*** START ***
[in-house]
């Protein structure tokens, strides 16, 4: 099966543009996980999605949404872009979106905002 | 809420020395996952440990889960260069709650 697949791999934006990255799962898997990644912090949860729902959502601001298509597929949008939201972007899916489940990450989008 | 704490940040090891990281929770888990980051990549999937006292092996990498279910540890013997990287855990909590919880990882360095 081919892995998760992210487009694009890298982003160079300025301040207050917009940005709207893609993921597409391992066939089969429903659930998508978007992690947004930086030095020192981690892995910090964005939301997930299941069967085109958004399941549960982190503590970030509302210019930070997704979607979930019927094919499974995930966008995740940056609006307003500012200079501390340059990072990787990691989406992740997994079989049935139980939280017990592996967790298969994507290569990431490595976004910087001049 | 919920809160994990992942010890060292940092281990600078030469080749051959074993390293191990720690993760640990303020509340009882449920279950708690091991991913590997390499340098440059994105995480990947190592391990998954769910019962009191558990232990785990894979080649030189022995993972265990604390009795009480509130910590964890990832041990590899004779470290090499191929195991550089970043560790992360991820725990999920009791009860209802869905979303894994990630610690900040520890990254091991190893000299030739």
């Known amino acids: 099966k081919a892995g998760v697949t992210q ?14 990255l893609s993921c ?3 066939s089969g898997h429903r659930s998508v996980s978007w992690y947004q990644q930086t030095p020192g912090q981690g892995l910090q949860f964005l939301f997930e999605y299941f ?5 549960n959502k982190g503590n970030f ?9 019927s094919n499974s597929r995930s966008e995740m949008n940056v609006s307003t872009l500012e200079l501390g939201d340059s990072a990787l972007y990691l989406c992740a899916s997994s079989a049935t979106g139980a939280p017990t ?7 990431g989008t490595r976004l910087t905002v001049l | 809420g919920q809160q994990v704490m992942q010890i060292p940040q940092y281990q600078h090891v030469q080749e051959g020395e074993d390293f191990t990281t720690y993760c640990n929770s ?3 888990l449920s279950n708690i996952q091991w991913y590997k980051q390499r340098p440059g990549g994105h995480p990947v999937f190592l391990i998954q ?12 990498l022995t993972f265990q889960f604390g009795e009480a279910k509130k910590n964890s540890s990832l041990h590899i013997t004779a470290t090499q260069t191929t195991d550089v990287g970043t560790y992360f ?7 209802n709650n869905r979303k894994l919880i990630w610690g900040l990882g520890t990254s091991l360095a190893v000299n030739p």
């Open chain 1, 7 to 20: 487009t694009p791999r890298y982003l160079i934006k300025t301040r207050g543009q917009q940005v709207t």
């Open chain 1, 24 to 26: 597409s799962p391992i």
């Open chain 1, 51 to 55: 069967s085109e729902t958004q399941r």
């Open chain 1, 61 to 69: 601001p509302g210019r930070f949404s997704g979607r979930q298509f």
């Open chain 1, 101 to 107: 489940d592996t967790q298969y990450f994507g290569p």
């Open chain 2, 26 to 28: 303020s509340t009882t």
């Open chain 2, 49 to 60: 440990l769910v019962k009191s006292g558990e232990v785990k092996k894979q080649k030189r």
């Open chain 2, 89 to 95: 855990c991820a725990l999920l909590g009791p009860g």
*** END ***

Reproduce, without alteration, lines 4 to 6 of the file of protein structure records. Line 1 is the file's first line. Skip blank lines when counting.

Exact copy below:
């Open chain 1, 7 to 20: 487009t694009p791999r890298y982003l160079i934006k300025t301040r207050g543009q917009q940005v709207t």
């Open chain 1, 24 to 26: 597409s799962p391992i």
């Open chain 1, 51 to 55: 069967s085109e729902t958004q399941r």